Second personal anecdote: many years ago I was playing Principal on Mahler 6. Some of you may know that there are 4 trombone parts, but only 3 trombones play the first three movements. The 3rd part is clearly a bass trombone part during the first 3 movements, then the 4th part is obviously the bass trombone part during the final movement. On the first day of rehearsal, the bass trombonist didn’t show up, later stating that, “We weren’t scheduled to rehearsal the fourth movement that day, and bass trombone only plays the 4th movement”. It was a foul-up that I could have avoided had I reviewed part assignments with the section, rather than assuming everyone knew their role. This person was just trying to get a day off, and my naiveté enabled it. Lesson learned, and we both looked like fools.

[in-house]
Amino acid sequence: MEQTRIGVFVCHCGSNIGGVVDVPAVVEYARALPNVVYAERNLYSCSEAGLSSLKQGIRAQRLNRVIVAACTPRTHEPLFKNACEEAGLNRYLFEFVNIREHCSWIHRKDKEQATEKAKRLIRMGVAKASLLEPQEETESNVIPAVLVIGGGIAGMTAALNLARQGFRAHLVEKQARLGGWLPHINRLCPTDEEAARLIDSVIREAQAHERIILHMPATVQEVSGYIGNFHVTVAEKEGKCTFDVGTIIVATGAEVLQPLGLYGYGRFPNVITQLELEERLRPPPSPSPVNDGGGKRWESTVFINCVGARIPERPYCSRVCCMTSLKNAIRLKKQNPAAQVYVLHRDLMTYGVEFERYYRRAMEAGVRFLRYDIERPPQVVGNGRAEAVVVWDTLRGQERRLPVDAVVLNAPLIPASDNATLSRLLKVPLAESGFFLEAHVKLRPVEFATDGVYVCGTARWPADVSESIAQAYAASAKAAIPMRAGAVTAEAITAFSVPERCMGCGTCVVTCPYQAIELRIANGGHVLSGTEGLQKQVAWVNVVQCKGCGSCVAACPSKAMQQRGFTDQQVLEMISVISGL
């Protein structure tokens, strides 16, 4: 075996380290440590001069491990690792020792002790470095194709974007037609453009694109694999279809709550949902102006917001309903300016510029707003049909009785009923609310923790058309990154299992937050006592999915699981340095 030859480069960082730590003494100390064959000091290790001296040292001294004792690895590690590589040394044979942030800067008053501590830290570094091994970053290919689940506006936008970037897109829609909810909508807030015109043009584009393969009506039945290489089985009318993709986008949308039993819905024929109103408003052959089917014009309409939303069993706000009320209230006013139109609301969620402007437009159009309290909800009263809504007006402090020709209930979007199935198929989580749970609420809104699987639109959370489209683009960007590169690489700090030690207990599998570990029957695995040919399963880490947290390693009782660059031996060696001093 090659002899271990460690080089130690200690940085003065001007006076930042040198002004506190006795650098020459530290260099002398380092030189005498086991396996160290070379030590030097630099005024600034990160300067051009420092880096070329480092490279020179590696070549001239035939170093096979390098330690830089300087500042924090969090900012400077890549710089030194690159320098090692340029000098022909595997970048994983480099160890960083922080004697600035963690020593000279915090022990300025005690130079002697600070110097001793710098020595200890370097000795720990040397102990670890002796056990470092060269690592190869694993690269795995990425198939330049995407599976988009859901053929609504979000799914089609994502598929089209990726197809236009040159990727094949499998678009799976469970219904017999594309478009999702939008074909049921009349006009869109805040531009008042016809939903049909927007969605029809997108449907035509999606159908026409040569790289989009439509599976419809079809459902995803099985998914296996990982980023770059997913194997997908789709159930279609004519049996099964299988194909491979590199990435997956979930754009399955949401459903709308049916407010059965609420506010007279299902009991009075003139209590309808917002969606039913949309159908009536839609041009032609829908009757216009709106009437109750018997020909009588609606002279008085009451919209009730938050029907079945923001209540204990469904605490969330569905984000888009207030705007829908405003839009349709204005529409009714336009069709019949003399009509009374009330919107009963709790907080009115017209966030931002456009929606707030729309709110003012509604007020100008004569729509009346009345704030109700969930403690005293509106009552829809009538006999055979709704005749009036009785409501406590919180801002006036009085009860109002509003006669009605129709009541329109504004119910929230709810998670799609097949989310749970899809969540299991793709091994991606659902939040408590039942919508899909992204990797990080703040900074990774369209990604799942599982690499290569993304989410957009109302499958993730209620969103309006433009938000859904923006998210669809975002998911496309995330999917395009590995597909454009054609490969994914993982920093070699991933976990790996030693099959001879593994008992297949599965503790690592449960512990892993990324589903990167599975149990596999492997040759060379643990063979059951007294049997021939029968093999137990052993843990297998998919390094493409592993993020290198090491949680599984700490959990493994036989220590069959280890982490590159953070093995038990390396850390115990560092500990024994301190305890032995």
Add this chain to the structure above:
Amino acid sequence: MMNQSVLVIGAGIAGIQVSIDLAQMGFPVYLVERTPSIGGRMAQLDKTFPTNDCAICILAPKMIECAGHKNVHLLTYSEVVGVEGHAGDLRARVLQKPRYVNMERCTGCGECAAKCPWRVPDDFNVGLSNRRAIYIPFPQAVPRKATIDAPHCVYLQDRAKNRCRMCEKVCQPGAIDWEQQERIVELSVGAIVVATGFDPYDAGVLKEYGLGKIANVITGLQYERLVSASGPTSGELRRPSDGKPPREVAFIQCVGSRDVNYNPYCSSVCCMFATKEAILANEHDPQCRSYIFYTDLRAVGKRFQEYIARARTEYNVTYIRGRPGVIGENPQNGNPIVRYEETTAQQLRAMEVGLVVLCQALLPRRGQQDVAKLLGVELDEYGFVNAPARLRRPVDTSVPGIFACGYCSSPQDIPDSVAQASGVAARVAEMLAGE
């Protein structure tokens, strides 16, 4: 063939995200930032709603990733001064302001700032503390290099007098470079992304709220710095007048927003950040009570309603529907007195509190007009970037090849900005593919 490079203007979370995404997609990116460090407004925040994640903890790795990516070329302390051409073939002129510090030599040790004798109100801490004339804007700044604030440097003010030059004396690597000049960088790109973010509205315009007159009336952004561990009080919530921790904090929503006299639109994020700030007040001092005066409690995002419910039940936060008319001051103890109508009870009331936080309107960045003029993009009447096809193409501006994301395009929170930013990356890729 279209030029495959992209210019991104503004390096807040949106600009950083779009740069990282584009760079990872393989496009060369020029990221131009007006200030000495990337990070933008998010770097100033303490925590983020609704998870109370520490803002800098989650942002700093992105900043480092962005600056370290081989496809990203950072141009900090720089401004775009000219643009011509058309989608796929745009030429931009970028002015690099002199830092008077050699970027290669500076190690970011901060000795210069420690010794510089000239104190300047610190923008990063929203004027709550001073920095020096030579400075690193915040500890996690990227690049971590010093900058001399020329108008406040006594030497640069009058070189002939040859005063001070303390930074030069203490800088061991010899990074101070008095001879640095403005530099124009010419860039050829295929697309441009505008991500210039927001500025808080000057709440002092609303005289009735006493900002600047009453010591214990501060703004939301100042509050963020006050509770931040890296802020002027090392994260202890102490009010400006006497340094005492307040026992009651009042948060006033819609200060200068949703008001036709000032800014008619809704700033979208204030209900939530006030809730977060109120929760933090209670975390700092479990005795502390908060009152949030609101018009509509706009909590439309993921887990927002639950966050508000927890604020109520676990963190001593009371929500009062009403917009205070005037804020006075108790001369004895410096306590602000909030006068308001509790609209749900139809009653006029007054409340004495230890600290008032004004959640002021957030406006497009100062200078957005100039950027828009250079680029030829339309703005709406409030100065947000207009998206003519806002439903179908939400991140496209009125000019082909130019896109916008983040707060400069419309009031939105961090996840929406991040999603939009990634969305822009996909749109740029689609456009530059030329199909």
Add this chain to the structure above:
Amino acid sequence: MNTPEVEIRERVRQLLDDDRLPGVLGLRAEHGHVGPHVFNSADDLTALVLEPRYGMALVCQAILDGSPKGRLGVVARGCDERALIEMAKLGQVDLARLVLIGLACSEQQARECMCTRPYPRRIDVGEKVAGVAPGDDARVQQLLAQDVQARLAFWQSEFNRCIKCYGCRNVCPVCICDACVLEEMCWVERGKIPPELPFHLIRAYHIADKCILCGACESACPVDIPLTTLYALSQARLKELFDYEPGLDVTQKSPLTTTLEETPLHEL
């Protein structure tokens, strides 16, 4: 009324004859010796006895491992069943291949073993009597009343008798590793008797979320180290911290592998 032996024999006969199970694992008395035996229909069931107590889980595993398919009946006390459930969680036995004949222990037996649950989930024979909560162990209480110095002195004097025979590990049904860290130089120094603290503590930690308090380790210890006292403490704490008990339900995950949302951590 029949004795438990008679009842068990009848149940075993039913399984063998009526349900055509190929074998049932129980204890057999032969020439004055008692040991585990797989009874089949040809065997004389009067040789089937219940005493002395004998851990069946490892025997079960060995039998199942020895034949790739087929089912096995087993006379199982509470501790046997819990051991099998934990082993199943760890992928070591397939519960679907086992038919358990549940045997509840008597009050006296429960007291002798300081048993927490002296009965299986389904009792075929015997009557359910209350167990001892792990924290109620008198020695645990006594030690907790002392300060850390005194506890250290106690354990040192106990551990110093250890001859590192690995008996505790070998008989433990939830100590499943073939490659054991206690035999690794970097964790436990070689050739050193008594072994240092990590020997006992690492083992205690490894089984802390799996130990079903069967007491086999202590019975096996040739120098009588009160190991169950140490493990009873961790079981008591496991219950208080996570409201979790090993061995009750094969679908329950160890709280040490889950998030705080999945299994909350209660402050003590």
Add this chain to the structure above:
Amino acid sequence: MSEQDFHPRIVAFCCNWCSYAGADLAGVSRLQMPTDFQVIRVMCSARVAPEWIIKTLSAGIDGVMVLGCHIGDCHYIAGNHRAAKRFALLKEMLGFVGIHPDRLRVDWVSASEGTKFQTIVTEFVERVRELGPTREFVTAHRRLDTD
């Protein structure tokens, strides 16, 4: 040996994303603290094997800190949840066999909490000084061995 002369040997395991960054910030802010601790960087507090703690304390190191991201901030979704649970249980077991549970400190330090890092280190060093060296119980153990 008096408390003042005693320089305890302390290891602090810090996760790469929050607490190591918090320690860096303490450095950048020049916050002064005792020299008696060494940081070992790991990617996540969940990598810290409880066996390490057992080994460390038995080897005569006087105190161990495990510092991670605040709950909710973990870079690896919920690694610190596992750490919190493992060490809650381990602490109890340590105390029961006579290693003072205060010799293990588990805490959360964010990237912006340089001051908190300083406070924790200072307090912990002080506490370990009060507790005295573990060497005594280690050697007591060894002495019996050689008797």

It would be easy to wax on and on about all the “do’s and don’ts” but for now, you can get the idea. It is important to remember that we are people first, musicians second, and instrumentalists third, so try to keep that in mind. Sometimes you’ll run into a colleague who simply doesn’t want consideration, either in the form of empathy or a relationship at all, and this should also be respected. Just like our families and communities have a variety of personalities, so does the orchestra.

For those rookies out there, congratulations and enjoy your first day on the job! It is a great feeling to be part of something bigger than yourself, and hopefully the magic “T”-word is right around the corner!

 

Some clarity, please